It’s notable that this cutter to cutter tidal wave didn’t include Beau Kittredge, who was only called upon to play two points in the entire game. Such is Revolver’s depth of talent that a member of the US National team at the World Games was considered a luxury item in the championship of Nationals. “[Beau] said that he was looking to be a role player,” said Revolver coach Mike Payne. “He knows we’re in an era of ultimate where just a few guys can’t win a championship.”
Revolver’s offense wasn’t perfect, but it played excellent defense whenever a turn occurred, preventing Austin from ever seriously threatening their lead. Doublewide’s only break of the game made it 10-4, after the contest was all but out of reach. Dan Emmons, who worked industriously on the Doublewide D-Line all weekend, picked off a huck and reeled in the bookends on a scoober from Matt Bennett. Bennett’s next two throws were also ambitious scoobers, as he managed to crack the Revolver zone at 11-5, but it proved to be too little, too late. “I wish we had attacked the zone like that earlier,” said Bennett after the game.
Doublewide needed to try throws like that and introduce as much variance into the game as possible, because trying to beat Revolver straight up is a losing proposition. While Ring of Fire found some success in a dynamic switching defense, Doublewide generally employed either a straight forward zone or a person defense, neither of which did much to make Revolver uncomfortable.
Revolver’s defensive intensity slipped a notch as the game came down the home stretch, and Austin’s offense was able to keep the score respectable. But given the chance to break for the win, Revolver’s defense rose to the occasion.
The game ended on a point that encapsulated what had come before. Pressure defense led to a throwaway, and Revolver blitzed up the field at whiplash-inducing pace. Cassidy Rasmussen lined up a flick into the deep space, with Nick Stuart a step ahead his defender and creating more room with each long stride. Stuart was yards open when the disc curved into his hands, and Revolver won their championship, literally going away.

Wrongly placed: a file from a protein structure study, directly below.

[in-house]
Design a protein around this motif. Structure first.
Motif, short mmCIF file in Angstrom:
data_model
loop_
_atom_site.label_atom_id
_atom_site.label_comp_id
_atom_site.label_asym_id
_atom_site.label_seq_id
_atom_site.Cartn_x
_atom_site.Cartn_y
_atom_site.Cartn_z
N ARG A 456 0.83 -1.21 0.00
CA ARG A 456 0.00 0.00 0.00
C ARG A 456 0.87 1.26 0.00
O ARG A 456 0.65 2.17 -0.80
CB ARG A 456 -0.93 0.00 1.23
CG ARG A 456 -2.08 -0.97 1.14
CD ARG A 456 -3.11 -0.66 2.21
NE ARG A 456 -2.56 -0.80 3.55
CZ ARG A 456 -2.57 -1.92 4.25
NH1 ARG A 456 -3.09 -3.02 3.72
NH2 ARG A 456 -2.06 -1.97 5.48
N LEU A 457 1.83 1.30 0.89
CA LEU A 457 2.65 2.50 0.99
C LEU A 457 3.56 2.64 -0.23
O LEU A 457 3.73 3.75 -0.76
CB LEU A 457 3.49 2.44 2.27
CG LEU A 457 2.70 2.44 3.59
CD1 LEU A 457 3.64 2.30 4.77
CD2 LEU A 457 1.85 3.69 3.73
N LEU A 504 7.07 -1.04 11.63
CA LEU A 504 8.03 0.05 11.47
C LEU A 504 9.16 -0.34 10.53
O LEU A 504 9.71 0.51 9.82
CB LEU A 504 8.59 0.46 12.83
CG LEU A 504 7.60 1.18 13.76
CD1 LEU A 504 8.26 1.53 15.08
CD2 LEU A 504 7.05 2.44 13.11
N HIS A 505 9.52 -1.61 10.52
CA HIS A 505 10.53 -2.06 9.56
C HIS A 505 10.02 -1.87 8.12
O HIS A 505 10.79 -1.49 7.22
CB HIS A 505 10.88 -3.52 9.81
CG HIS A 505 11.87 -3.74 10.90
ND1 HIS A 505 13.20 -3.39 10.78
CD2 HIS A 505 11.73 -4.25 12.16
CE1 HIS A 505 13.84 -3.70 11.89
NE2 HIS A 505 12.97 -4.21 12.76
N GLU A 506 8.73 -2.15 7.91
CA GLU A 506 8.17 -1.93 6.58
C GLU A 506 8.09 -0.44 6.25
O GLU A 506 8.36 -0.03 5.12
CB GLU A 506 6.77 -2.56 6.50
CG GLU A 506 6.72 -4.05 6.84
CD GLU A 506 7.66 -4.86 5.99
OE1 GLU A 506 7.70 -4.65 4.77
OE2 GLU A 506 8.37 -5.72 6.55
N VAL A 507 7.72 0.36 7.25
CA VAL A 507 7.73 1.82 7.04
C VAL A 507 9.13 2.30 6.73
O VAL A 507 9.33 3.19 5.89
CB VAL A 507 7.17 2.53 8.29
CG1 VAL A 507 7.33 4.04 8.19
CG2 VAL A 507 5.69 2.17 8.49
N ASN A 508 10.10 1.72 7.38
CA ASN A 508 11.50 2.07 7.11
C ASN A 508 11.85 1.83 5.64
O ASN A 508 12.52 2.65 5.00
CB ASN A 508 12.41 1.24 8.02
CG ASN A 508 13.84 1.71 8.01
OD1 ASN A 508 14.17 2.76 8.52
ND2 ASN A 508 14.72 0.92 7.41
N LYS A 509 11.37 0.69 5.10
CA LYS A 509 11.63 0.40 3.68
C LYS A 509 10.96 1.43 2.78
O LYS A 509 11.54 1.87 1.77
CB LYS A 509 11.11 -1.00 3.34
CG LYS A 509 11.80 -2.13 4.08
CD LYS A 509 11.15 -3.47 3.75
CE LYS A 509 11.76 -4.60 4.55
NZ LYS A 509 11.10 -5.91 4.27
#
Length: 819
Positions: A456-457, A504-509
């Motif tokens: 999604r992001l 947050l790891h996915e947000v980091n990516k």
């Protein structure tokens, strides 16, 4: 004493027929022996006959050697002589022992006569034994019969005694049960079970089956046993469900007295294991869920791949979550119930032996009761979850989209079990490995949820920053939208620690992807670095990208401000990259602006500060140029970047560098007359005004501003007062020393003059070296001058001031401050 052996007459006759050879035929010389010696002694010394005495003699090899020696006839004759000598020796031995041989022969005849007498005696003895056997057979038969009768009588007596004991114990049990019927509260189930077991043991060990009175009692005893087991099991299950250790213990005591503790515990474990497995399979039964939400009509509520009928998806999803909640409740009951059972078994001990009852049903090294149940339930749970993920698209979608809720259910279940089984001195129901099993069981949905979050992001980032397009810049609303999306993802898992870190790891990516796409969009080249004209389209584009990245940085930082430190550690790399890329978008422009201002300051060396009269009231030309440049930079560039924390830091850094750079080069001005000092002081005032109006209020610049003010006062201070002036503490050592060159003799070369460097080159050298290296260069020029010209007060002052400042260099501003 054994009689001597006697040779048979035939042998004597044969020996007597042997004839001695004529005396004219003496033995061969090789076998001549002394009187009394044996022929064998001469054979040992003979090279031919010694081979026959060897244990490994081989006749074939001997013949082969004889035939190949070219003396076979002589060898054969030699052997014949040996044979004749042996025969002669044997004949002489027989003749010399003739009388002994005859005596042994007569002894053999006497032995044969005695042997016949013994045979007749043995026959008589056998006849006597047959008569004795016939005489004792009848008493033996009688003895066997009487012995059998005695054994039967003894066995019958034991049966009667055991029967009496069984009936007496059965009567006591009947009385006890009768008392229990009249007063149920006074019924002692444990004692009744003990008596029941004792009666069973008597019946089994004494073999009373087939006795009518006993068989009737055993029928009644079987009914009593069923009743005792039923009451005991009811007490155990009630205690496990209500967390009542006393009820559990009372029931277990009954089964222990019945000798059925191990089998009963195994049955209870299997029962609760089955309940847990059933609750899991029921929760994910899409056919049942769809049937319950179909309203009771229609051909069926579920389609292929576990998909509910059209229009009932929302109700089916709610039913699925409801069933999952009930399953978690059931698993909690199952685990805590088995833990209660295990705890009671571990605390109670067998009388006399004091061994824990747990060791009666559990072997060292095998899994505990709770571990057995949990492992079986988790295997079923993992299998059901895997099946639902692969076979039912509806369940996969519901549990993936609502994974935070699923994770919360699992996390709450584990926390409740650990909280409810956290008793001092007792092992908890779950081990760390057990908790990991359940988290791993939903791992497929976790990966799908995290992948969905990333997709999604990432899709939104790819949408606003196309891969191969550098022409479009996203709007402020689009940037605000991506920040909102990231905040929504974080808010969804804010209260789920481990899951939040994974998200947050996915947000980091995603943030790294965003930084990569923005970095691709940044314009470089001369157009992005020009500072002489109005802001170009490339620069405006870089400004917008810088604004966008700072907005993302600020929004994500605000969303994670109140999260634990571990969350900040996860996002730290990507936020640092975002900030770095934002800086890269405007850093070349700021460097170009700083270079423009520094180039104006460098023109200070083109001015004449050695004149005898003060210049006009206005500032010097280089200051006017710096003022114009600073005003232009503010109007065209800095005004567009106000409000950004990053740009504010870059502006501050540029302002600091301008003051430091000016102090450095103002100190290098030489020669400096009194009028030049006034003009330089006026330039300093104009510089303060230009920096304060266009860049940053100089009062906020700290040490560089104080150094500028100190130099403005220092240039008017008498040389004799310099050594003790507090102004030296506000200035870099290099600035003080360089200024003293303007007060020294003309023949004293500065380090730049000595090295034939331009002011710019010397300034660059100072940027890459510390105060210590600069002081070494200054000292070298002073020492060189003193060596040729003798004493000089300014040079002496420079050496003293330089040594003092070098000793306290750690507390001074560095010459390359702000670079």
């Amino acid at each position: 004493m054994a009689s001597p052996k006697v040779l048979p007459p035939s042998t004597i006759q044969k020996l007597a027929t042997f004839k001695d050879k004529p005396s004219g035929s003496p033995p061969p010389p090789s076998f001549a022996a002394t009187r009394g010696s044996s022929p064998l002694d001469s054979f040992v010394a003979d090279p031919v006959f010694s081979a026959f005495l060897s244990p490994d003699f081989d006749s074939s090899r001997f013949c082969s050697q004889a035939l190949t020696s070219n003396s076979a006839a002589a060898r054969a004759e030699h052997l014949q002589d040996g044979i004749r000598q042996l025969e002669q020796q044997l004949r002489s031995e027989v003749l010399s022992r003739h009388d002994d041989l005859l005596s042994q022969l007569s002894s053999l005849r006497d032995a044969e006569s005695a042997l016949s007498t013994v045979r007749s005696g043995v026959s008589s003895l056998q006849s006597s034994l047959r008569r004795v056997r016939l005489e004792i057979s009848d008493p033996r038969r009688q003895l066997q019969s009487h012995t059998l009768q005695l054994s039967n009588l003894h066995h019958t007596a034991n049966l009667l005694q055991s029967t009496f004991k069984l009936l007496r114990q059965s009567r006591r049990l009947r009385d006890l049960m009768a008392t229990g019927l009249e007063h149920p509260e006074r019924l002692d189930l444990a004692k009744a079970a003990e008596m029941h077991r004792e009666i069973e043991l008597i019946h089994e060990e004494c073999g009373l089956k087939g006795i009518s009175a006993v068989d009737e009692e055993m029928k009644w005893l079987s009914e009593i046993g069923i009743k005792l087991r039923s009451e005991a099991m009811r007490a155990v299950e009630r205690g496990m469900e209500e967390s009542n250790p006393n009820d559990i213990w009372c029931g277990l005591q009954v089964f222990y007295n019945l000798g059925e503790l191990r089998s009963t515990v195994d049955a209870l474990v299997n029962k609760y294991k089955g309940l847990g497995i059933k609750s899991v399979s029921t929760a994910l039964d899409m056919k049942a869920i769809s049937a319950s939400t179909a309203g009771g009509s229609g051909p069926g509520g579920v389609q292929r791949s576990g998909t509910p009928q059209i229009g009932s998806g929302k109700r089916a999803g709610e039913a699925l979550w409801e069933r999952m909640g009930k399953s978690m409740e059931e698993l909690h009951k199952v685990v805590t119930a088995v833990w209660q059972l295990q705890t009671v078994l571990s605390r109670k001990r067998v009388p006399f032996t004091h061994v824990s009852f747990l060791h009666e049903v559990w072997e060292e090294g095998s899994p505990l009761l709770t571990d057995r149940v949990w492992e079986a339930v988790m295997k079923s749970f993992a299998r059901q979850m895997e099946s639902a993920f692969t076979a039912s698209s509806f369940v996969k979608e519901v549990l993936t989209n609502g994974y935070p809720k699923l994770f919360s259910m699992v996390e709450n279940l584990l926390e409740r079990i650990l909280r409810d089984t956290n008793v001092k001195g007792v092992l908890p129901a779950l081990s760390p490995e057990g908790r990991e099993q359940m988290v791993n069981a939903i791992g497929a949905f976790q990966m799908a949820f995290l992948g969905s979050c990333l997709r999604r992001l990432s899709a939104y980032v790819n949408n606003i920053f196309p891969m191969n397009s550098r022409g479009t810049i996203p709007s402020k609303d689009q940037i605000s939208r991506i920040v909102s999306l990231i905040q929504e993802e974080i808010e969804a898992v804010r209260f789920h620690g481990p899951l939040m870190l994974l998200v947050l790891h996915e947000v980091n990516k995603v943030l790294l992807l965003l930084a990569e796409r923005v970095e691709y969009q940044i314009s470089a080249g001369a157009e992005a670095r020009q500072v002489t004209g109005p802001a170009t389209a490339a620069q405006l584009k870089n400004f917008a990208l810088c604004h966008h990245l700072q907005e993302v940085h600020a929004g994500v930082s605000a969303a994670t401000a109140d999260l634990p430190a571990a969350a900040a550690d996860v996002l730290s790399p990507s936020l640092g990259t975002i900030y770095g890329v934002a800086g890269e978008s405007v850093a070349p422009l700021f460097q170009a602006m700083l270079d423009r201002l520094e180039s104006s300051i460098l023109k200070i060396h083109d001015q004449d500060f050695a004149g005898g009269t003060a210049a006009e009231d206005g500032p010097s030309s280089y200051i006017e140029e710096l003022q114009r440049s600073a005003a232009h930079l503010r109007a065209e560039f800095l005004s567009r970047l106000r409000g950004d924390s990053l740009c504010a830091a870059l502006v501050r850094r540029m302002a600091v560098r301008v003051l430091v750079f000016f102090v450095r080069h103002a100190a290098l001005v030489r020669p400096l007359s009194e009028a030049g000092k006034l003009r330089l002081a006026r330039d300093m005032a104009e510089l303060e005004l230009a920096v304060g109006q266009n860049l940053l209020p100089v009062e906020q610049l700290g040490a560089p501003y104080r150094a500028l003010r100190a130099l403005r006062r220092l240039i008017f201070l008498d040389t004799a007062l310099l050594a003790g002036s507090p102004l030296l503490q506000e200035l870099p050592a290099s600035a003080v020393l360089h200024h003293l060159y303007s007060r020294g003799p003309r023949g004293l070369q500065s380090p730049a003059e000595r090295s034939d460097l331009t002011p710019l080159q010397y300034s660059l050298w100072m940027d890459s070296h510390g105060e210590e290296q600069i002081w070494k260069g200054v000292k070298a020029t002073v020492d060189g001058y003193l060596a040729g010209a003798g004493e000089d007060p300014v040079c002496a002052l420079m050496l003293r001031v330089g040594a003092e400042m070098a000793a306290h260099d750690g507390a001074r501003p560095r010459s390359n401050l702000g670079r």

This was the result that everyone saw coming, but the process of getting to the predicable conclusion was still incredibly meaningful for many Revolver players, including the ten who won their first club title. George Stubbs, who had previously been 0-4 in championship games, collapsed to his knees after the high five line, completely overcome with the emotion of finally winning a title. “I’ve been working on this for years. I’ve personally worked really hard to be here,” said Stubbs after the game. “The margins are slim… it’s funny, I’ve gotten pretty good at losing in finals, but that gave me an edge to work and train hard.”
Even for those who had won titles before, being part of such a dominant team represents a unique opportunity for greatness. Ashlin Joye, who sat out last season for Revolver, gushed about the team he returned to this year. “The most credit I can take is providing some stability on a constantly fluctuating offense,” said Joye. “On this team we’re so deep that we can put out any seven on our O-line, and they’ll run as hard as they can and we should put it in every time.”
Only one team gets to end the season with a happily ever after, but Doublewide will walk away from the weekend with a smile. “I told the team in the huddle that I’m incredibly proud of them,” said Cespedes. “This was the dream, putting together the state of Texas, friends and family playing together. We were able to do that this year.”
Before the season began, the buzz was that Revolver was a sure thing to win the championship. Anything less than a title would be a disappointment. In the final, they played like a team completely ready to handle that pressure and delivered a performance worthy of the dominance they aspired to all season.